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End of an Era

 

 

 

 

 

 

 

 

 

 

 

March 15, 2012 signifies an important date for the development of ‘creativity:’ the discontinuation of the printed version of the Encyclopædia Britannica. Dale Hoiberg, Editor-in-Chief of the oldest English language encyclopedia in print, stated that the organization would now like to focus on their digital efforts. This decision carries with it many real and symbolic consequences but the two that I’d like to address focus specifically on creativity and production.

Creativity: The end of an era?

The encyclopedia is one of the better known relics of the Enlightenment era; the Encyclopædia Britannica itself was first published in 1768 during the Enlightenment. Throughout this period, society placed great prominence on knowledge creation and documentation, steeped within strict ‘scientific’ methods; thus, the Enlightenment, also referred to as the Gutenberg revolution, emerged as a key force in shaping our understanding of creativity. While the Medieval Era (500 – 1500 AD) defined creativity as a derivative property of God and the Church, and the Renaissance (1450 – 1700 AD) shifted creative power away from the sacred and into the secular, the Enlightenment promoted the idea of a technology-enhanced creativity.

Yet, with the end of the encyclopedia as we know it, may come the end of a certain type of creativity, too.

If we turn to Csikszentmihalyi’s widely referenced systems model of creativity, we see that there are three main constituents defining creativity during any given era: culture (the domain), society (the field), and personal background and connections (the individual). While the balance among these constituents is by no means static, any substantial change in equilibrium perhaps, signals a substantial change in the creative era, too.

Digital Encyclopedias: A Change of Production

The discontinuation of the printed version of the Encyclopædia Britannica is a symbolic move away from the Enlightenment period. This is not to say that technology is no longer at the forefront in our current era of creativity – on the contrary, it plays an increasingly more salient role – however, so does the lay person (or individual) with access to technology. While the societal gatekeepers of the Enlightenment’s creativity (institutions such as the printing press, universities, etc.) had a strong, one-way influence upon creative ideas and production, we are now seeing a proliferation of individual influences and product modification.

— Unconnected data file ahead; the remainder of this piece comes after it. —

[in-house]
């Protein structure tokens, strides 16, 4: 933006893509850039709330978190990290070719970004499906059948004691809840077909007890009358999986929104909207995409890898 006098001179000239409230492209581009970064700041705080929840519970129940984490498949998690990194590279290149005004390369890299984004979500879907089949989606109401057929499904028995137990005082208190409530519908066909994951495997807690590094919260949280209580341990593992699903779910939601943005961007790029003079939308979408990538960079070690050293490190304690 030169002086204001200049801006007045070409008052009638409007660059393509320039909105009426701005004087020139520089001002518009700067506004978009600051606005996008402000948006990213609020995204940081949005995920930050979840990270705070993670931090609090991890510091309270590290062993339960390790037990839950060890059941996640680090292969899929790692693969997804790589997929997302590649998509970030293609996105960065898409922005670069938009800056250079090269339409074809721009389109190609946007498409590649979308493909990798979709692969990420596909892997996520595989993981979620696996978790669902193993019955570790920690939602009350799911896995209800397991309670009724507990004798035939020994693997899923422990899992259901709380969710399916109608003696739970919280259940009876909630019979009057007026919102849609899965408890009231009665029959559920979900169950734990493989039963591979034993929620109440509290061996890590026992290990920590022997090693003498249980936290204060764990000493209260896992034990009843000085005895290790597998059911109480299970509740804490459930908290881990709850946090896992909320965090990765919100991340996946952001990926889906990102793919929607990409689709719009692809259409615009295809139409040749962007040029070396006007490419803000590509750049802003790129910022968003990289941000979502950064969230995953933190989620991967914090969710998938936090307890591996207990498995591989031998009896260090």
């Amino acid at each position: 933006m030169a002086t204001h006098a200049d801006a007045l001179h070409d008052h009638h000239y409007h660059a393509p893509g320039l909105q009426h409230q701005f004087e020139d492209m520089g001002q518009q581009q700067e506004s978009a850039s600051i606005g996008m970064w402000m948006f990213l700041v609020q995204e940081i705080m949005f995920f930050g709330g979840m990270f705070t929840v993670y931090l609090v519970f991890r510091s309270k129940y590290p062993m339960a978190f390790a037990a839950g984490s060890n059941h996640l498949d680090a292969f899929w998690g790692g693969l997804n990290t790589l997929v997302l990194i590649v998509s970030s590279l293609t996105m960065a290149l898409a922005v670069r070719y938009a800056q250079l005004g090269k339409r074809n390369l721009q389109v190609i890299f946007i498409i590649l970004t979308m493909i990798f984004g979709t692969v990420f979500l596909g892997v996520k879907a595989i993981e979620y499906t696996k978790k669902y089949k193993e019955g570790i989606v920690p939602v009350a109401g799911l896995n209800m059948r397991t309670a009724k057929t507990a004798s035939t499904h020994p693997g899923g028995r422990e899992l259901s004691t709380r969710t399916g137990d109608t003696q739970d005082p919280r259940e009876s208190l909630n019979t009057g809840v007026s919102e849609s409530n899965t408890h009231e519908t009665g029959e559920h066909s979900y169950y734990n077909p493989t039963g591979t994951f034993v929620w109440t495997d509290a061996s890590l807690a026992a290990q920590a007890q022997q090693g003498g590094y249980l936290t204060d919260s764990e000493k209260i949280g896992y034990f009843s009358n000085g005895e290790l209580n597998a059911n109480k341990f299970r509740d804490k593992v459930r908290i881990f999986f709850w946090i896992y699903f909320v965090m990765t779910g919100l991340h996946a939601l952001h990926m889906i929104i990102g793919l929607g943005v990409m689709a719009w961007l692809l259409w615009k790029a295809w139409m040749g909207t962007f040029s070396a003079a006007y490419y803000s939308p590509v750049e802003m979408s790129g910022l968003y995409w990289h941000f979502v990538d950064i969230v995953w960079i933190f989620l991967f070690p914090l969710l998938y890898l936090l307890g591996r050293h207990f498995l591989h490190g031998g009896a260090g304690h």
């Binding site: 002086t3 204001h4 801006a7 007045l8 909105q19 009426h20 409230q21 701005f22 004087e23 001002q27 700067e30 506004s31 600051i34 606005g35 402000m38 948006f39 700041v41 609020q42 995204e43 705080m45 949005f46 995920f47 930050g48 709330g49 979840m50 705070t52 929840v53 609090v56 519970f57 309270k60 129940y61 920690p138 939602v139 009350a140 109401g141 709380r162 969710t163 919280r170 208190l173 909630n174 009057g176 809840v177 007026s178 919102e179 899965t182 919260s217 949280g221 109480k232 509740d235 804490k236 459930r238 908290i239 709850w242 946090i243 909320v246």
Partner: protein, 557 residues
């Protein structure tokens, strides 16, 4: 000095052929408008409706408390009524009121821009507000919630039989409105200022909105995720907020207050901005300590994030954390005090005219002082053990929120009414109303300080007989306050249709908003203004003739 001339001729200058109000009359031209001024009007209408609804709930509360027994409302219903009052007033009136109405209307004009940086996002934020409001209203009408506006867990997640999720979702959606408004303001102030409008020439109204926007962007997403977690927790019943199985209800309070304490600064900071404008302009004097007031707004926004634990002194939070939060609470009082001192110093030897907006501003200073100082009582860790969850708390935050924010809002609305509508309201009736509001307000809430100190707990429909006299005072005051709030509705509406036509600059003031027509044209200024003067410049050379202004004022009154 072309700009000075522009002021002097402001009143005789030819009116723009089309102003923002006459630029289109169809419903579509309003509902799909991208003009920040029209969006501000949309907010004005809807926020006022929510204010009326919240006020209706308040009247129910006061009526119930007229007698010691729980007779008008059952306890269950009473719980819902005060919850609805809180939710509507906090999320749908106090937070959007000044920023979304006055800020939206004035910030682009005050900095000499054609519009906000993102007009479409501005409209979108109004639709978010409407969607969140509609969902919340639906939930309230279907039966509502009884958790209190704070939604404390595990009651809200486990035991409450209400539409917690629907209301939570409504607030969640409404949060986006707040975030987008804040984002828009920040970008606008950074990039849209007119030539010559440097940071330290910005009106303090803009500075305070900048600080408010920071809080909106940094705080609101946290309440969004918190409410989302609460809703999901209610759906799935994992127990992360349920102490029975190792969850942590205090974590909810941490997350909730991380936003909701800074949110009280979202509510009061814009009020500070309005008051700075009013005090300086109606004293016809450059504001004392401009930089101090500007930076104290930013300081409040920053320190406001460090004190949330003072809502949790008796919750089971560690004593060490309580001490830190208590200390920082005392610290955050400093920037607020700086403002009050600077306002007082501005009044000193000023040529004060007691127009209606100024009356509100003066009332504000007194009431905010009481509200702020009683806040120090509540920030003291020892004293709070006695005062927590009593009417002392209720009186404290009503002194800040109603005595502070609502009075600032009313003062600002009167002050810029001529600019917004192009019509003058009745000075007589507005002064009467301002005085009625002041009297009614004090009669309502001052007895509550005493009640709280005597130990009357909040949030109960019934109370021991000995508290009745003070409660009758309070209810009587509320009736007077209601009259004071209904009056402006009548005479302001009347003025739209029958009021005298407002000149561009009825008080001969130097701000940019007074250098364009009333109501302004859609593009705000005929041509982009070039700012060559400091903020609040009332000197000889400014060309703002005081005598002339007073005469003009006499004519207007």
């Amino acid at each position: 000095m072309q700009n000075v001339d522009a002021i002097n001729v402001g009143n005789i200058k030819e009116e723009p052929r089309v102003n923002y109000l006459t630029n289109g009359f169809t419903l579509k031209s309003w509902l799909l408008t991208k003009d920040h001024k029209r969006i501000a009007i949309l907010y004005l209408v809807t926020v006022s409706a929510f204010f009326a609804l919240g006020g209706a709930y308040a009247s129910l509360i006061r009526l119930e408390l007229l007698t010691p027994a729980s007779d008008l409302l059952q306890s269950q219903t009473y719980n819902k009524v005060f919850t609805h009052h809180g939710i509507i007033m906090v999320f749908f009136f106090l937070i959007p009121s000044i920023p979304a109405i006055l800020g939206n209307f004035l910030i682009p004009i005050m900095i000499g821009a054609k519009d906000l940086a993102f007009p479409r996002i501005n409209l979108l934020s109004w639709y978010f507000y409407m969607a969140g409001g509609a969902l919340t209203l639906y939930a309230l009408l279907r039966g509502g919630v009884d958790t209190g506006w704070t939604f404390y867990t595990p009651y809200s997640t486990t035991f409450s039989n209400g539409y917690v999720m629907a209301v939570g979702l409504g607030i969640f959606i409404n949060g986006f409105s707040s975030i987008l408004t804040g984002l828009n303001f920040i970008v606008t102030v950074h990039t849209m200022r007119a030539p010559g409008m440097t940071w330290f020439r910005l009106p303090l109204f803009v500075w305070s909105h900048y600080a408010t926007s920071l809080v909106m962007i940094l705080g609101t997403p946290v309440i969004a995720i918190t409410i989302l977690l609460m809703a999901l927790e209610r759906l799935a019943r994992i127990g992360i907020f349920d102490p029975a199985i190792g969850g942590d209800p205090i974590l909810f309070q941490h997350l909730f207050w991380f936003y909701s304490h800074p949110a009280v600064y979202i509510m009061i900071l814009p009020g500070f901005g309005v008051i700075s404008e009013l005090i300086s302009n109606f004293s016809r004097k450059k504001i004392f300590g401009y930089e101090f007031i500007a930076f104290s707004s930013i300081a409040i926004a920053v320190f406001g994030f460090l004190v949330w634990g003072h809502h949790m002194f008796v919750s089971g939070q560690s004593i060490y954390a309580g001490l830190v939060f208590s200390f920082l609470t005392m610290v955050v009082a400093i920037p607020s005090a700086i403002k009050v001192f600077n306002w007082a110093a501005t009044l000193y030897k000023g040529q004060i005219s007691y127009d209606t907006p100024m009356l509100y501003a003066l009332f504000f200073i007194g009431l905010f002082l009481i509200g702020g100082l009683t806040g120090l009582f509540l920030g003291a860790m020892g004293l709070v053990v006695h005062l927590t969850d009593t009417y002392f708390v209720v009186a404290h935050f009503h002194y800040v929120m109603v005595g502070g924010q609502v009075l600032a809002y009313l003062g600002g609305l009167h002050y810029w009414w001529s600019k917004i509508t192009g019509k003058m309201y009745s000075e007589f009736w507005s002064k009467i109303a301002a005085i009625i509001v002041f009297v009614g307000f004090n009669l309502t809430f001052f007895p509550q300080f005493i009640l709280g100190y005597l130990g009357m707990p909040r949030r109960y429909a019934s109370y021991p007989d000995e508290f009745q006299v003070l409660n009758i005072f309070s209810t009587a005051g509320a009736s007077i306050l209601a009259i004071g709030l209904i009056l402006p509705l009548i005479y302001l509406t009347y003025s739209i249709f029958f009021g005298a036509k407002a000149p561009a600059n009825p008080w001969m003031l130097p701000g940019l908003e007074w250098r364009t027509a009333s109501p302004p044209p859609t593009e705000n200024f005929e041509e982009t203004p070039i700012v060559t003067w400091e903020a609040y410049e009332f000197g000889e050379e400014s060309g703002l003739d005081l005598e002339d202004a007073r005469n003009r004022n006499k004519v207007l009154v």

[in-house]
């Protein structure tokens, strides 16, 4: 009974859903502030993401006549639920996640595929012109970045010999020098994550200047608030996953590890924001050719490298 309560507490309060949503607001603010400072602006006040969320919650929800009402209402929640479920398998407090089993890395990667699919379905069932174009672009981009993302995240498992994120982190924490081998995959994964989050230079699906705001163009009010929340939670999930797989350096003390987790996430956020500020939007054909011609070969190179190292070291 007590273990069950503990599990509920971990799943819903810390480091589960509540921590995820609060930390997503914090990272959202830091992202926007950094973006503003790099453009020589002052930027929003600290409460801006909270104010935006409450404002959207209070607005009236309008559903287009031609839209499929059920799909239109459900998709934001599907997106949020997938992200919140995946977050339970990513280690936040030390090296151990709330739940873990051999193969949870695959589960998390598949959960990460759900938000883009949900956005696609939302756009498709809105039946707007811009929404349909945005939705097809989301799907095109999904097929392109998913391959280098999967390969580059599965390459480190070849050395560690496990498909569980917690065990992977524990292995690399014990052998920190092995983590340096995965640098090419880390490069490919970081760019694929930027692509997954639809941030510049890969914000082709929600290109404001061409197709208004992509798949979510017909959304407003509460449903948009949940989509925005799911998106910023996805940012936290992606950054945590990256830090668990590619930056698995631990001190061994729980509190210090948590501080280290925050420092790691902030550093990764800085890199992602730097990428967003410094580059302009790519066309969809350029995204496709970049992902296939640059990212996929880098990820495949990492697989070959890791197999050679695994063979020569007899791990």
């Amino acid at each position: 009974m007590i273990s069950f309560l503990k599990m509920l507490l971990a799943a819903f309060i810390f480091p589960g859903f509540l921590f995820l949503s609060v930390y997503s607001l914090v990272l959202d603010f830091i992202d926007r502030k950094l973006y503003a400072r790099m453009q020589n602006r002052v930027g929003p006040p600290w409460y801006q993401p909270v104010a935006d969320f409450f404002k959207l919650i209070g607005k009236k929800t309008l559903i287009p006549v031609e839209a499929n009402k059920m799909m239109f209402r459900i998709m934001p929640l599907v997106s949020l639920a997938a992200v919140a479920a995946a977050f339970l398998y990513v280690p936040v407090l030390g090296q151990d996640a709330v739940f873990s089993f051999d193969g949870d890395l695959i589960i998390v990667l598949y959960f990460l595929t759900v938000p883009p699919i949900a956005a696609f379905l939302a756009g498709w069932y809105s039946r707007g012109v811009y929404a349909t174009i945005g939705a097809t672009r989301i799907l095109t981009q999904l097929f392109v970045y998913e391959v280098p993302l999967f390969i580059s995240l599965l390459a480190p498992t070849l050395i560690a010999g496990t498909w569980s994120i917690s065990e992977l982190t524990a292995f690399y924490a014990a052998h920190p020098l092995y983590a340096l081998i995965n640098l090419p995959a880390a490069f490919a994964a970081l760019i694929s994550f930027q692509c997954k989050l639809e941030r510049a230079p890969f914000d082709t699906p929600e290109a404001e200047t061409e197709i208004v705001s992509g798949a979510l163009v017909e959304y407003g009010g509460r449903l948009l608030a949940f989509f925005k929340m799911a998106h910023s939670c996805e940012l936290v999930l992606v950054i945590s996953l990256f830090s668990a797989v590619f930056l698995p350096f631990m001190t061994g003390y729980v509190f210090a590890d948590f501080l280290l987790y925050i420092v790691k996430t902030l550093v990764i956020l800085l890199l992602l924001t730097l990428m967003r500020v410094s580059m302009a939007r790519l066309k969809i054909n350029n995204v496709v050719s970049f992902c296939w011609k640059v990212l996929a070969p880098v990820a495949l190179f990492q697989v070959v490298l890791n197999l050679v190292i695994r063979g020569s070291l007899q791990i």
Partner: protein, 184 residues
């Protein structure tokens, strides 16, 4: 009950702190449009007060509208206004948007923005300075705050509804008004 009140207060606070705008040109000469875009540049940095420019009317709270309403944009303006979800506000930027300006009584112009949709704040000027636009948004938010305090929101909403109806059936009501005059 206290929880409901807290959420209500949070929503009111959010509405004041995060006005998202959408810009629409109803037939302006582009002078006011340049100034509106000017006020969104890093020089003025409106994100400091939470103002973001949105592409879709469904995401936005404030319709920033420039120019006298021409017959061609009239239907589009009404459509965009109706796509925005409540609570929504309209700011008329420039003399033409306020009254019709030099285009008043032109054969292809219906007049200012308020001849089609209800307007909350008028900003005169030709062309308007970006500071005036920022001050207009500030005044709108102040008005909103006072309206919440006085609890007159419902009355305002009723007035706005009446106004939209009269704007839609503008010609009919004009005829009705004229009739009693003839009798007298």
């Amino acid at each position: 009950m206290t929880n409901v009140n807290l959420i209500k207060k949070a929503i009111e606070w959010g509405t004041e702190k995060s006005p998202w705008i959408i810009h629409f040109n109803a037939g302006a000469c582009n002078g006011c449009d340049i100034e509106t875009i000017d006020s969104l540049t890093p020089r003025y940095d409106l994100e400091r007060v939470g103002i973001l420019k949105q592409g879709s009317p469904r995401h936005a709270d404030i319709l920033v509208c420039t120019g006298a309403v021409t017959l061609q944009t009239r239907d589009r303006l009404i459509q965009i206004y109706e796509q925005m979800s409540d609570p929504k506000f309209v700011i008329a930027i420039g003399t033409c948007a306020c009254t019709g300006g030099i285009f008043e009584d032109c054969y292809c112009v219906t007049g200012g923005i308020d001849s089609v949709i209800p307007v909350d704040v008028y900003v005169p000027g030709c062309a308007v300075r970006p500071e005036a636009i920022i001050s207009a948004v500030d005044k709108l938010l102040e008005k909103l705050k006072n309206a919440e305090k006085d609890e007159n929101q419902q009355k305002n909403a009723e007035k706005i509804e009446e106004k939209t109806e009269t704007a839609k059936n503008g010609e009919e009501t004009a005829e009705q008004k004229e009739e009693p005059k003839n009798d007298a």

To exemplify this, refer for a second to the printed edition of the encyclopedia: the printing press was key for its development but the ‘hard copy’ medium afforded only a handful of people the power to decide what constituted knowledge and novelty and how it ought to be presented. In the case of a digital encyclopedia, something of the likes of Wikipedia for example, technology still plays a crucial rule. In fact, the better the technology becomes (depending on software, hardware, and socio-political advances) the more that people will have access to shape the resulting creative knowledge product. While this knowledge digitization does not necessarily constitute a democratic or egalitarian process (as it does carry its own caveats, not to be elaborated upon here) it does, nonetheless, signal a new type of creative production; one where more people can contribute toward a product.

If we assume that creativity is at the heart of new product development, then as the architecture of creativity changes, so does the architecture of the economy. As Allen Scott argues in “Capitalism, Cities, and the Production of Symbolic Forms,” with digital production, and specifically crowdsourcing, we are not necessarily moving away from capitalism but moving toward a different type of capitalism. This means that we are likely to experience a different type of production, too: a type of production where the consumer becomes a “prosumer” (portmanteau of ‘producer’ and ‘consumer’) and where products are always in a semi-finished state, open for more tweaking, remixing and appropriating. Perhaps, then, the future of creativity lies along the lines of more malleable, fluid, and hyper-collaborative production.

 

Posted under: Blog, Technology & Society, Uncategorized
Katerina Girginova

About Katerina Girginova

Katerina holds a BA in Communication Studies from The George Washington University, in Washington D.C. Upon graduation she immersed herself into the world of work at the National Geographic Channel and is now pursuing an MA in the CCT program at Georgetown University. Katerina's academic interests include innovation, intercultural communication, rhetoric and media - she enjoys good ideas and great people.

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